The 2River View 28.4 (Summer 2024)

Robert McDonald

In Rosehill Cemetery

In early April I sat on a granite bench at the edge
of a pond,
and looked out
across the water, a stone village
made of obelisks and chapels
and tombs, planted
on the opposite shore.
When something moved in the water, I thought
I was seeing a tree stump, caked
with streamers of algae, spackled
with mud, until a neck stretched out from the dim
mass, extended
and contracted, like a snake.
Two eyes blinked, the submerged log
come to life, and a snapping turtle
the size of a washtub
worked to claw the dinosaur
of its body up
The eel-slick side
of the cemetery pond—
the Viking shield
of its carapace,
the notched blade of its beak,
the mica-glint of granite in those
ancient and lizardy eyes. I wanted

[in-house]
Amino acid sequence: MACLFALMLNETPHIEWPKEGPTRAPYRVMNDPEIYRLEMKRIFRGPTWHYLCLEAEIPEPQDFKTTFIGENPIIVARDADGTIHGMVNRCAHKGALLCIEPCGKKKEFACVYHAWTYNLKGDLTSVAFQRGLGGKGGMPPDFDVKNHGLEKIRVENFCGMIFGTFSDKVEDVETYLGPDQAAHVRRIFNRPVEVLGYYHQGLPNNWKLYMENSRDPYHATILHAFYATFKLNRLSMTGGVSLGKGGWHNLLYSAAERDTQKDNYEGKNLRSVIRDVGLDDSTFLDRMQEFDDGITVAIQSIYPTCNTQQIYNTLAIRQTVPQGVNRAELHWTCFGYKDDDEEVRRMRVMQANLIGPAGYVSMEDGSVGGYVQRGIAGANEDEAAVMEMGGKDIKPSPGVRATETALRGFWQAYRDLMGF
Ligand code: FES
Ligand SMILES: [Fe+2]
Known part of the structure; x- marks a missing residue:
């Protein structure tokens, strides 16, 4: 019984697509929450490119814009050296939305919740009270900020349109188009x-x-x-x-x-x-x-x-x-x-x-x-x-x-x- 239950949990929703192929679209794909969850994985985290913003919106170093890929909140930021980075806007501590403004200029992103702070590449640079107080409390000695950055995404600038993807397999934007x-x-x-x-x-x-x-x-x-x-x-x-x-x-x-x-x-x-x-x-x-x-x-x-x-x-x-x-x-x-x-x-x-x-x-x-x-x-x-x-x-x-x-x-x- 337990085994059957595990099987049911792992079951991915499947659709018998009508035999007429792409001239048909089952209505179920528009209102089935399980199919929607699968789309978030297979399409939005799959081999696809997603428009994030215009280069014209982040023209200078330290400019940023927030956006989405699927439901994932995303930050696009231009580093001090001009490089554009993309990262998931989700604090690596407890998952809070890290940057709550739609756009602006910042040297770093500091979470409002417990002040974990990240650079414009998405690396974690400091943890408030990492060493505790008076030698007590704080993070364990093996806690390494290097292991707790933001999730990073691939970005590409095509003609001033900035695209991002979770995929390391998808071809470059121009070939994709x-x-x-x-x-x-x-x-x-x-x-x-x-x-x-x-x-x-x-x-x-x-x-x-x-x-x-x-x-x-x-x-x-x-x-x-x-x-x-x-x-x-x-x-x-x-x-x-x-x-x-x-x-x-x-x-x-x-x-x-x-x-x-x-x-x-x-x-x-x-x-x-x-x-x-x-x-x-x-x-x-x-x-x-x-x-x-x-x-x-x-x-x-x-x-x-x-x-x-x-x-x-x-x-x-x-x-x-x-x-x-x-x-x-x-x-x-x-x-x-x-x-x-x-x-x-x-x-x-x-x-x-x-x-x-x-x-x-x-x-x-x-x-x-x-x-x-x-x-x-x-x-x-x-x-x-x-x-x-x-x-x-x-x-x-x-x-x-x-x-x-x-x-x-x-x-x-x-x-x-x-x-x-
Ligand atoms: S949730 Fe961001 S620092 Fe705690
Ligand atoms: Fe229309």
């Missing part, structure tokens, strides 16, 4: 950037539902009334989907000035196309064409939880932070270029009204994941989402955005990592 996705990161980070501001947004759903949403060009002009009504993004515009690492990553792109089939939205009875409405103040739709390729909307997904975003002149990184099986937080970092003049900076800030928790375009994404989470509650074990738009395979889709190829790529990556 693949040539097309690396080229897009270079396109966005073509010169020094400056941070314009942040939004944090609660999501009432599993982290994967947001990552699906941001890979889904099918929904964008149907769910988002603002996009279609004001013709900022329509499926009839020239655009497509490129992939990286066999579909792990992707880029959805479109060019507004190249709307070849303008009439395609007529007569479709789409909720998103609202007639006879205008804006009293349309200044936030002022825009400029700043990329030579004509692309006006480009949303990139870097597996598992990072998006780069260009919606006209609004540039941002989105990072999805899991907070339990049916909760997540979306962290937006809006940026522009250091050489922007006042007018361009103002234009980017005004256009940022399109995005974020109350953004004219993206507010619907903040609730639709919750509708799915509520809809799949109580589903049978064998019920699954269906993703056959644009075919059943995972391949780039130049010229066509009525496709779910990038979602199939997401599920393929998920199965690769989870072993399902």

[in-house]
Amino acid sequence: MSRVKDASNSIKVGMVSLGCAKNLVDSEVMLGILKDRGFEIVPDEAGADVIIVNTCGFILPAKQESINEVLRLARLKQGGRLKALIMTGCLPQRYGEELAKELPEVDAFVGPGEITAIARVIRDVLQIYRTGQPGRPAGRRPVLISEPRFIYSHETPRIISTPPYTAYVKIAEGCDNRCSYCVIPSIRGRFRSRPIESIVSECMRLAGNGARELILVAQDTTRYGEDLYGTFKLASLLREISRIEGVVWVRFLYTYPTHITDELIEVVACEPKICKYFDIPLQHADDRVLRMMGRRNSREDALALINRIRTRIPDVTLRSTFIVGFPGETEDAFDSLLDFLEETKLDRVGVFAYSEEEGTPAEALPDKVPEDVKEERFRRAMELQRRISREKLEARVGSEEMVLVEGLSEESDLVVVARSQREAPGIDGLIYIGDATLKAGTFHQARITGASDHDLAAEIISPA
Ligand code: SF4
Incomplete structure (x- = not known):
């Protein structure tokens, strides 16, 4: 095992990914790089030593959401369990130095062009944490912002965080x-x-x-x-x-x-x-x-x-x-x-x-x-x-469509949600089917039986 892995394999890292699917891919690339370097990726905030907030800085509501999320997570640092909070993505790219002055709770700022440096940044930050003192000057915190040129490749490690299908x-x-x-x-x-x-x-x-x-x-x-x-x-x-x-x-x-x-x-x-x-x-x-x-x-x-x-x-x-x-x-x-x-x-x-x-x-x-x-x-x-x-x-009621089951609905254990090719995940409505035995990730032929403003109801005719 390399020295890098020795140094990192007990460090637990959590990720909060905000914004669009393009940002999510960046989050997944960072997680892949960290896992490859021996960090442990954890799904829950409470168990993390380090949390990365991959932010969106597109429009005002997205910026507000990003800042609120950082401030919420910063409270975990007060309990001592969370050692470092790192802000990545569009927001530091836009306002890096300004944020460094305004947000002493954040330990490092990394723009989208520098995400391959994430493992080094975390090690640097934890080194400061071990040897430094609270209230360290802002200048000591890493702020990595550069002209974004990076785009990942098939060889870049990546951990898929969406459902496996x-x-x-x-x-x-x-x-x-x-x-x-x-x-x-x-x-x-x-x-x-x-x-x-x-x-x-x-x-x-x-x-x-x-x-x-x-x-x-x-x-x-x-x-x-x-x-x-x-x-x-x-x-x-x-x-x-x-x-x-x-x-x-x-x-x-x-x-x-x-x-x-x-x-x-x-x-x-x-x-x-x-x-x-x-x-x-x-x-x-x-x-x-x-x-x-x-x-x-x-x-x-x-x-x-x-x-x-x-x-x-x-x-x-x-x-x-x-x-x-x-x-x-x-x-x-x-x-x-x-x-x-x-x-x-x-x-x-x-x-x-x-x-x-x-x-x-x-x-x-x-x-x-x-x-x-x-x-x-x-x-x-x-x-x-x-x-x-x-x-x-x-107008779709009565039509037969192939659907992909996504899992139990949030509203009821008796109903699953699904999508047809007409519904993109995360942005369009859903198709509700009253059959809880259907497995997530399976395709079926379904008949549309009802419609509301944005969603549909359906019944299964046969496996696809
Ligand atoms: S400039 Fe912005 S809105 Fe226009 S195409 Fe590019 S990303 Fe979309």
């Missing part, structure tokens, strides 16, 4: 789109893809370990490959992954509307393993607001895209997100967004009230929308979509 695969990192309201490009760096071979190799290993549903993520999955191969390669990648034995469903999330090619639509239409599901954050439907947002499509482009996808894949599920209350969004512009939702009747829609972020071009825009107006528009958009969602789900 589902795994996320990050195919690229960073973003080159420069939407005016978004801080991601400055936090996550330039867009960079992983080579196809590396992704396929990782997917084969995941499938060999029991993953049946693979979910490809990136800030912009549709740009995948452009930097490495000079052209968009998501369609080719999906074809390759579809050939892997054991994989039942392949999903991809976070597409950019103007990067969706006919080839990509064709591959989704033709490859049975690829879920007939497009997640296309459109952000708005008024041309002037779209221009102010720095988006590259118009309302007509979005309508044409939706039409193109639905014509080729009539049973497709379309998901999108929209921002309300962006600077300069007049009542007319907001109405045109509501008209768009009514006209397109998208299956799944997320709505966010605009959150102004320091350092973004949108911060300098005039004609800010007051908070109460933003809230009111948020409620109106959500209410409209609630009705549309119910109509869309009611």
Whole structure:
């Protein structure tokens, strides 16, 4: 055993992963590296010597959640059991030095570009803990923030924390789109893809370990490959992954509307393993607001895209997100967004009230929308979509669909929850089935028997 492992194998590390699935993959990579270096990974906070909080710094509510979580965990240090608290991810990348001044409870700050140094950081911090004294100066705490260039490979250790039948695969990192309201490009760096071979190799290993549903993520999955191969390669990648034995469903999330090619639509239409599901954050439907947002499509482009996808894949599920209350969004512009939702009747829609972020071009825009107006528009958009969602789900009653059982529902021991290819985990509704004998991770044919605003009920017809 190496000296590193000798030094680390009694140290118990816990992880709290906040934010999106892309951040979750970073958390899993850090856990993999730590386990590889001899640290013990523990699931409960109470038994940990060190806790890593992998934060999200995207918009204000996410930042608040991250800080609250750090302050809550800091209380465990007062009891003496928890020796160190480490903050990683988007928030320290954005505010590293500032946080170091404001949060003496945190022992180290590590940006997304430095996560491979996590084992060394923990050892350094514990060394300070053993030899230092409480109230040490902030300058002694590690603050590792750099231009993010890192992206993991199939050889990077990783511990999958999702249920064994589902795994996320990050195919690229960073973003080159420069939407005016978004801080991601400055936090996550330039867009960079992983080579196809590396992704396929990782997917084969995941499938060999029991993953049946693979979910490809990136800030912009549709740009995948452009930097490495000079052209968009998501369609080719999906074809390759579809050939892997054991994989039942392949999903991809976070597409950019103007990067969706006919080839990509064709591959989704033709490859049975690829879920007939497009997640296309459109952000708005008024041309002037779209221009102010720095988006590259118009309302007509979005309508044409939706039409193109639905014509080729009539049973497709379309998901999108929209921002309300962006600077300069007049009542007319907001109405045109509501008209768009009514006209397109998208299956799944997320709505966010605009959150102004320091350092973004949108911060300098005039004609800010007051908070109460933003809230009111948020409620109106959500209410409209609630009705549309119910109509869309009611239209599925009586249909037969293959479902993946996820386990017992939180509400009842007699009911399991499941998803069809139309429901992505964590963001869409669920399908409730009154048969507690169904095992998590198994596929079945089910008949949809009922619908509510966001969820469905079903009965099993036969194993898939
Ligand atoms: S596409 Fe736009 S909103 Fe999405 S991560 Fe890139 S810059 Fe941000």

to meet this envoy
from somewhere beyond me.
I stepped two paces forward; what
would this behemoth have to fear?
I wanted her to see me, her body
fashioned from nightmares
and winter mud, But as
I moved forward, she
slid back. Despite
my pretendings, we only have
this one world. She
slid back, and turned, first to ripples,
and then just an imagined
darker space
dark green water.


Hotel, Grasshoppers

On the grounds of the ruined hotel,
in the field that had been the tennis
courts, grasshoppers
leapt and glided on yellow
wings, the dot on their legs a flash
of scarlet. Sometimes

I caught them with a clap of my
hands. Now I was the warden.
In the prison
of the pickle jar,
grasshoppers perched
on the longest stems.

I told myself they’d adapted
and decided
to be happy, because
they would eat
of the grass
I placed there.

Robert McDonald lives with his husband in Chicago, where he works at an independent bookstore. His poetry has appeared in Court Green, Pank, Sentence, Southern Poetry Review, and West Trade Review.
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